The same goes for online teaching. In a retreat a week ago, a few of our students stood up and had the opportunity to tell a roomful of administrators, faculty and staff what was missing, what would they like more of and what we could do to better serve them. We didn't hear about food, wireless or curriculum. They want more mentoring opportunities. Maybe it's the Jesuit institution itself, but our students want our time, our knowledge and our guidance. In a world of MOOC discussions and entirely online programs, the teacher remains at the core. Not the system, not the software and not the app. The teacher is the baseline. We can replicate a lot of things in this world, but expertise and knowledgeable communication needs to come from the professor. Technology moves fast, but intelligence stays within. The fear of replacement held by a professor, as far as I can see it, can be put to rest for the next decade at the least as long as that professor remains open to sharing and honing their skills across a variety of delivery vehicles. I never say never, but I just can't envision being able to replicate high-touch guidance coming from a bot.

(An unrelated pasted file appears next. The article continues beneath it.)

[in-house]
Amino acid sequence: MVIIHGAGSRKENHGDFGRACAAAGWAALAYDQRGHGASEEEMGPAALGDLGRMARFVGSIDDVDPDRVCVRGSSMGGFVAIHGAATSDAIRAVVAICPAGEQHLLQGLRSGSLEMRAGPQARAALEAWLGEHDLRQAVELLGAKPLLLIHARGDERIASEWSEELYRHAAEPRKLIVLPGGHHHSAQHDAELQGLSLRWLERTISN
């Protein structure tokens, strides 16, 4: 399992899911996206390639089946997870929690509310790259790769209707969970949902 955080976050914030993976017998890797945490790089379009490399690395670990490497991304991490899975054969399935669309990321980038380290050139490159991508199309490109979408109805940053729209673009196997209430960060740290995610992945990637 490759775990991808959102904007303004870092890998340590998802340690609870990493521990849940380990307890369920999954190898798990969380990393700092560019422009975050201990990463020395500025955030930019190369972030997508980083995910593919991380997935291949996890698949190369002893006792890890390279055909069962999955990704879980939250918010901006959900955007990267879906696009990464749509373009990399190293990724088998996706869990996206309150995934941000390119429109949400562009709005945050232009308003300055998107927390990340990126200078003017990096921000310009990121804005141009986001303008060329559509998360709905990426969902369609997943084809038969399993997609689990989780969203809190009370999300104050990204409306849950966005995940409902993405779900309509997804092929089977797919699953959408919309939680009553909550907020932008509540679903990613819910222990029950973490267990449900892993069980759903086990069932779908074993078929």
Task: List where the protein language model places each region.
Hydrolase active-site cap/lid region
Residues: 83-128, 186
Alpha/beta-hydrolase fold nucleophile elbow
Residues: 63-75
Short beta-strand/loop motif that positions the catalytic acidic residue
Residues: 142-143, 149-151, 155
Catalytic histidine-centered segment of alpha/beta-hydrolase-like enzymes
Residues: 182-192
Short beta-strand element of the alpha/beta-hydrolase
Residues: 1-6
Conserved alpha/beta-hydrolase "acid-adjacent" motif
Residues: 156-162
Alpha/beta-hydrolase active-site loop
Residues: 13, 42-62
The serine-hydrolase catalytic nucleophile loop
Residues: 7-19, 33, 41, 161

So how do we get the timid professor to overcome the fear and give it a whirl?
- Eat your vegetables
I have somehow become the mom I swore I never would; complacent with the fact my children eat chicken, yogurt, cheese and bread. That's it. The end. I pick my battles and coercing squash or steak into my kids is just not front and center. On occasion however I do get a wild hair and prove the point effortlessly that the more you introduce an unfamiliar food, the better the chances of the child eventually liking it.